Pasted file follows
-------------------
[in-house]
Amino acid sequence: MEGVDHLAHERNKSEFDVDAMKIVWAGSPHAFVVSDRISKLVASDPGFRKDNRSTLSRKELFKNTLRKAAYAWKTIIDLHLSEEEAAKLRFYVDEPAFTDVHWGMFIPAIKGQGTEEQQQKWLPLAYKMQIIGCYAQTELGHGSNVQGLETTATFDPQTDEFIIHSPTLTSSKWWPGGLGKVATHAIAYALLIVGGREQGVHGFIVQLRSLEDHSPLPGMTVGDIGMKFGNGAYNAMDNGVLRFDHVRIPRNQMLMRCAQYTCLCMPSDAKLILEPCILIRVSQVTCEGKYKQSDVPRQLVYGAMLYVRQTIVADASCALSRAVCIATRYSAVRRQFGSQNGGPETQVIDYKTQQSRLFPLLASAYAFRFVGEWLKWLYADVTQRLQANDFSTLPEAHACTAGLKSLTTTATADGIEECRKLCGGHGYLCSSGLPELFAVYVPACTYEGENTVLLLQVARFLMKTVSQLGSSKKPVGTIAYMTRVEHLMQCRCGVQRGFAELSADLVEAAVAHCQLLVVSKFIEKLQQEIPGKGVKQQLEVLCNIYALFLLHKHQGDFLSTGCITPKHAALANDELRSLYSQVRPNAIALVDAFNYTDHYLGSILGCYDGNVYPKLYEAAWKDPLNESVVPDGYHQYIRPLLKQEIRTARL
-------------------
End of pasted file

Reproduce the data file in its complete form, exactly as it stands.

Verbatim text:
[in-house]
Amino acid sequence: MEGVDHLAHERNKSEFDVDAMKIVWAGSPHAFVVSDRISKLVASDPGFRKDNRSTLSRKELFKNTLRKAAYAWKTIIDLHLSEEEAAKLRFYVDEPAFTDVHWGMFIPAIKGQGTEEQQQKWLPLAYKMQIIGCYAQTELGHGSNVQGLETTATFDPQTDEFIIHSPTLTSSKWWPGGLGKVATHAIAYALLIVGGREQGVHGFIVQLRSLEDHSPLPGMTVGDIGMKFGNGAYNAMDNGVLRFDHVRIPRNQMLMRCAQYTCLCMPSDAKLILEPCILIRVSQVTCEGKYKQSDVPRQLVYGAMLYVRQTIVADASCALSRAVCIATRYSAVRRQFGSQNGGPETQVIDYKTQQSRLFPLLASAYAFRFVGEWLKWLYADVTQRLQANDFSTLPEAHACTAGLKSLTTTATADGIEECRKLCGGHGYLCSSGLPELFAVYVPACTYEGENTVLLLQVARFLMKTVSQLGSSKKPVGTIAYMTRVEHLMQCRCGVQRGFAELSADLVEAAVAHCQLLVVSKFIEKLQQEIPGKGVKQQLEVLCNIYALFLLHKHQGDFLSTGCITPKHAALANDELRSLYSQVRPNAIALVDAFNYTDHYLGSILGCYDGNVYPKLYEAAWKDPLNESVVPDGYHQYIRPLLKQEIRTARL